4 Tips to Win Clients from Your Competitors
Why is it so hard to sway clients away from your competitors?
Well, the short answer is switching costs. But when we hear that term, we often only think about the physical or tactical aspects of change—it often leaves out the mental and emotional elements of the switching costs.
Once a client has an established relationship with a provider, it’s set up. The exchange of access, details, invoicing, and contacts are already in place. The client and vendor can just do the work. In order for this prospective client to switch over to doing business with you, we need to engage with them on shifting their mindset, so they are willing to do the perceived and actual extra work to switch and become your client. We need to get in their head.
These prospective clients may have a perception of you, or they may have never heard of you. Either way, this narrative is going to directly influence the likelihood of them switching. You are able to assert some level of control over their perceptions by having tight and clear messaging and neutralizing obstacles to make it easy to do business with you. Here are four tips to help you stand out and win:
1- It's Simple. The Competition Really Isn’t as Good as they Claimed.
The key to this one is that it is the client’s perception of this, not yours. Of course, you think you are a better provider. The key is to identify if the client thinks or feels like your competition is dropping the ball or not delivering on what they promised.
This is also considered the best defense is having a good offense. In 1799, George Washington wrote that "offensive operations, often times, [are] the surest, if not the only (in some cases) means of defense." That approach has been applied to various competitive theaters, including business.
A way to identify this is through negative online reviews or feedback that you hear while networking. What are your competitors’ clients complaining about? Do you approach that service or need differently? If so, you have the advantage. A library of testimonials and client references can back you up.
This is also about messaging, positioning, and differentiating yourself from your competitors. How are you different that facilitates a sustainable competitive advantage?
2- Some Good ol' FOMO can Actually Help the Situation.
Fear of missing out. If you do truly offer a service or approach that is different from your competitors, then you can appear mysterious to their clients. They don’t know you, and what you offer is perceived as different or new. Now, in all honesty, this one can work against you just as much as it can work for you. So be careful how you approach this.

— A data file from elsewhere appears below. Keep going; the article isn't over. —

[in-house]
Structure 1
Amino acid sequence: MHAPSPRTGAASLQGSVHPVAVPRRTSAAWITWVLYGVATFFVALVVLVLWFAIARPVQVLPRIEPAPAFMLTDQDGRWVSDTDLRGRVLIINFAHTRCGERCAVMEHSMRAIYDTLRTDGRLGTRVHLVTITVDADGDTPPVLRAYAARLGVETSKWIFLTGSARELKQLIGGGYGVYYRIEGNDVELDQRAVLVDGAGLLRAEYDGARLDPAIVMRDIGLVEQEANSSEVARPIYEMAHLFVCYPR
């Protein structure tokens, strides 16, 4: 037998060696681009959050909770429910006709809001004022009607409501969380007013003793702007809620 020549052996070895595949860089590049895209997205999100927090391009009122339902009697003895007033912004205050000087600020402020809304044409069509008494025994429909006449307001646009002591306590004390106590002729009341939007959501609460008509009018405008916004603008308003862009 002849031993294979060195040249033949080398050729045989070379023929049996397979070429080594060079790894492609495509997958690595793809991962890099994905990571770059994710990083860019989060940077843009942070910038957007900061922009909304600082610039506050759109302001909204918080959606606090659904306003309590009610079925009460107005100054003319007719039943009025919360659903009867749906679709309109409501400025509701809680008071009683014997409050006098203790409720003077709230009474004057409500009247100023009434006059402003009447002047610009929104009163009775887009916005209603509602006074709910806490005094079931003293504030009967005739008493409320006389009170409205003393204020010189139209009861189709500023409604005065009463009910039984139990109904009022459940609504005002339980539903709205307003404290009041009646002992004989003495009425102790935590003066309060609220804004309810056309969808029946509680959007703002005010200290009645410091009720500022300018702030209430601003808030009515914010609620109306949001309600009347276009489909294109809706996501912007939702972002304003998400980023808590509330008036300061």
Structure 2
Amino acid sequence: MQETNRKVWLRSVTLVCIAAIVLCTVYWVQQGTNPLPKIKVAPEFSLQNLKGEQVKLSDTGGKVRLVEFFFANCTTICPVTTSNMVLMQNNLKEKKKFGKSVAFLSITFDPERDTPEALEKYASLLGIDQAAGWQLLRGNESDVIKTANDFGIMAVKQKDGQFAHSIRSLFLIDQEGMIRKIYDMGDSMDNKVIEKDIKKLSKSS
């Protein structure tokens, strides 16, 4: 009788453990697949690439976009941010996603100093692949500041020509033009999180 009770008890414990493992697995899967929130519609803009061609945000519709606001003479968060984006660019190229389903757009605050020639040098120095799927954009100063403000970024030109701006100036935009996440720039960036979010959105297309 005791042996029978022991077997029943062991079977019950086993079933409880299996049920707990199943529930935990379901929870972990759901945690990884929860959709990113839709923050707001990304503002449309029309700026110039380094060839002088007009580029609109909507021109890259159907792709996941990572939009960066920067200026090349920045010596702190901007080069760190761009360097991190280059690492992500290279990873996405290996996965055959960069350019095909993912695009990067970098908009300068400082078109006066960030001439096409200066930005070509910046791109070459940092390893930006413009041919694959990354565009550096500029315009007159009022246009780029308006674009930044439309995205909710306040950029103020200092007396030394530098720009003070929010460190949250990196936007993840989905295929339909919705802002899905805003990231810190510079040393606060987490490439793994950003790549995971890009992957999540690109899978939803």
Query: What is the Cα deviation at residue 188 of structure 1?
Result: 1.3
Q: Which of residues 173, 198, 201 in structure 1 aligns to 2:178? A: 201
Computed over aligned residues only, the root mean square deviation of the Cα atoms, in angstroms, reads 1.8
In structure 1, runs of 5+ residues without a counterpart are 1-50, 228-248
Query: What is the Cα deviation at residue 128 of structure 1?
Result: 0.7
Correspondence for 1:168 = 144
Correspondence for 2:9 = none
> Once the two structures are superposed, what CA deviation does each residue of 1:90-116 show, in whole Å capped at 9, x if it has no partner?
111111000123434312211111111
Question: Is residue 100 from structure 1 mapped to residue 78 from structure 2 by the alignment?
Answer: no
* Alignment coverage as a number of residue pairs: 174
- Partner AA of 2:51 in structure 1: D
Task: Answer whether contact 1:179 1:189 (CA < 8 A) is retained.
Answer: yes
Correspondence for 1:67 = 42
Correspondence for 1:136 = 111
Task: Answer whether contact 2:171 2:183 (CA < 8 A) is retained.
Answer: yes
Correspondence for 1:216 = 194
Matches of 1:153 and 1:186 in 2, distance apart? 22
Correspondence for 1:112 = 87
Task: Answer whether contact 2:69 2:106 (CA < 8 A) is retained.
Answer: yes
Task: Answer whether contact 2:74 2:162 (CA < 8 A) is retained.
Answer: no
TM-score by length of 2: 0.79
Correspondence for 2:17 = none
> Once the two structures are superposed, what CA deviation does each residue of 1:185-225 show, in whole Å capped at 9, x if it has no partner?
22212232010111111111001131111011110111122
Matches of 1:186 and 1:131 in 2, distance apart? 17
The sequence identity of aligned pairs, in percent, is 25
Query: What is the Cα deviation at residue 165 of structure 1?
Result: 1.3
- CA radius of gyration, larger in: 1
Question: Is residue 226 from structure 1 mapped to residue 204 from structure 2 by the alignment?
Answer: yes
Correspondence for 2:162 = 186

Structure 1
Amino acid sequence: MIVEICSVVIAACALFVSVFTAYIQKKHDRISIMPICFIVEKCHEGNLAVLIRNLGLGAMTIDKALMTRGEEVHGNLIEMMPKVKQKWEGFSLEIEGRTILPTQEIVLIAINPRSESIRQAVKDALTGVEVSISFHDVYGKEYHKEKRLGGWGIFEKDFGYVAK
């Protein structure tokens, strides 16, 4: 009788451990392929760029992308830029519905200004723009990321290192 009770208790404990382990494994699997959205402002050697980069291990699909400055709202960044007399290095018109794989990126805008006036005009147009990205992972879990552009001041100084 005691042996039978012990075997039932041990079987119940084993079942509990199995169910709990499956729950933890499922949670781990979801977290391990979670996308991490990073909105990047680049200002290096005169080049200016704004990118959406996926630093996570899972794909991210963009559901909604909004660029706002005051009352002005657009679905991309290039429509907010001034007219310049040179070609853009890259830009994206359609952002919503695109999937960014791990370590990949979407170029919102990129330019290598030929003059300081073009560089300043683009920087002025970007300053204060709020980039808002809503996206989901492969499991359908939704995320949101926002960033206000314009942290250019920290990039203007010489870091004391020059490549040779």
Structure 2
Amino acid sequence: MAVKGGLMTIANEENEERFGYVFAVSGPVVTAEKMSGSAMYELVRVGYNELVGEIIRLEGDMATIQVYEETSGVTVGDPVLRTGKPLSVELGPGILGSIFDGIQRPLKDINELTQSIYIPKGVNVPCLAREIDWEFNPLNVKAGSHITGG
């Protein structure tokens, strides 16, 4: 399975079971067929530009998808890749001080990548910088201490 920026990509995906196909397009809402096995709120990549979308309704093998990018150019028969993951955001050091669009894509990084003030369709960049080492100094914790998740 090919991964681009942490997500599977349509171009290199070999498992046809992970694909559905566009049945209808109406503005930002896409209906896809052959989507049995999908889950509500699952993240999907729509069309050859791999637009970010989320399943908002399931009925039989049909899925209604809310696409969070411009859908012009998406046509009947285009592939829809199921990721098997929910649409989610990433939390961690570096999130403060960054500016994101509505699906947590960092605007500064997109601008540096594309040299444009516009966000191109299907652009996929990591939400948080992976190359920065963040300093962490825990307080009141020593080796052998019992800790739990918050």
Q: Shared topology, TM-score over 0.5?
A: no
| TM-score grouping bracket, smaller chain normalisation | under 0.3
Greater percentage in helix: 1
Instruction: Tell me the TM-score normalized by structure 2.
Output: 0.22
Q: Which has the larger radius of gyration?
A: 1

Make sure that your brand is positioned to solve their pain points instead of just a list of services. This can help them see a different future with different results when they work with you. And remember, keep these realistic. If you go too far, instead of inviting them in, you’ll trigger skepticism and reinforce that they should stay with your competitor.
3- Make Sure it is Easy to do Business with You.
Switching to a new provider can trigger anxiety. No one wants to be the person that introduced and pushed for a new and hirer-priced solution that didn’t work out for whatever reason.
Interview your existing clients to get the details about their decision-making process. Ask questions like what other solutions or providers did they consider, what were their biggest objections, and why did they ultimately choose you? As you identify the objections, you can be proactive about building reassurance into your marketing and sales to reduce anxiety or uncertainty and increase confidence in switching to your brand. You can do this in a “What to expect” process overview.
4- Ambivalent Habits Need to Change
Functioning from habits often makes life easier, temporarily. But ultimately, we need to challenge our habits, beliefs, and routines to get different results. If your prospective client has been working with your competitor for a while, there is a habitual element to this process that will need to be addressed. Some examples of this include personal relationships with vendors, a belief that management isn’t open to considering other options, or that if they just wait the situation will get better or the perfect solution will eventually come along.
Now, ideally, you’ll be able to convince them that you are true that ‘perfect’ solution. Remember, you don't need to play a competitor's game to win. You just need to change the conversation about what is important.
Ways to do that are to show you can get better results than your competitors, emphasizing their biggest values and motivators, and stay away from surface-level talking points like cost savings—because then it will just come down to who is cheaper. Weave in your conversation the emotions, feelings, or concerns that you know they have.
Omicle delivers brand clarity, marketing strategy, and operational efficiency to prepare leaders to scale their business. If you are ready to scale your business, contact us today to get started.
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